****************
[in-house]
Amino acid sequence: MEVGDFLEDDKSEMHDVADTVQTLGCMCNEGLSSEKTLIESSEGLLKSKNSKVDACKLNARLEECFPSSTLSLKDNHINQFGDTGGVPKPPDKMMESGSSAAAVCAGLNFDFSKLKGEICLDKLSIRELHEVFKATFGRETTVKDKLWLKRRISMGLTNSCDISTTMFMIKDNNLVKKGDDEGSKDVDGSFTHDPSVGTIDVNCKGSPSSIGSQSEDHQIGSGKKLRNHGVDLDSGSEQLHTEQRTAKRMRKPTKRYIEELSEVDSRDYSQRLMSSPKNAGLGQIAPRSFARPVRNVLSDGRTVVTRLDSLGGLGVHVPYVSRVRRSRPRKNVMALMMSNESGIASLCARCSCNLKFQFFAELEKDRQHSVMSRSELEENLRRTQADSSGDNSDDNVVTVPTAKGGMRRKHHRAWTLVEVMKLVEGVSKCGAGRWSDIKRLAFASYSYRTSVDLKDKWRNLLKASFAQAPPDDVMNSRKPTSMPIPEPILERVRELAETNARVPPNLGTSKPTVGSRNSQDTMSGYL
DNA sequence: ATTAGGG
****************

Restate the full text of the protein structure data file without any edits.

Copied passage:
[in-house]
Amino acid sequence: MEVGDFLEDDKSEMHDVADTVQTLGCMCNEGLSSEKTLIESSEGLLKSKNSKVDACKLNARLEECFPSSTLSLKDNHINQFGDTGGVPKPPDKMMESGSSAAAVCAGLNFDFSKLKGEICLDKLSIRELHEVFKATFGRETTVKDKLWLKRRISMGLTNSCDISTTMFMIKDNNLVKKGDDEGSKDVDGSFTHDPSVGTIDVNCKGSPSSIGSQSEDHQIGSGKKLRNHGVDLDSGSEQLHTEQRTAKRMRKPTKRYIEELSEVDSRDYSQRLMSSPKNAGLGQIAPRSFARPVRNVLSDGRTVVTRLDSLGGLGVHVPYVSRVRRSRPRKNVMALMMSNESGIASLCARCSCNLKFQFFAELEKDRQHSVMSRSELEENLRRTQADSSGDNSDDNVVTVPTAKGGMRRKHHRAWTLVEVMKLVEGVSKCGAGRWSDIKRLAFASYSYRTSVDLKDKWRNLLKASFAQAPPDDVMNSRKPTSMPIPEPILERVRELAETNARVPPNLGTSKPTVGSRNSQDTMSGYL
DNA sequence: ATTAGGG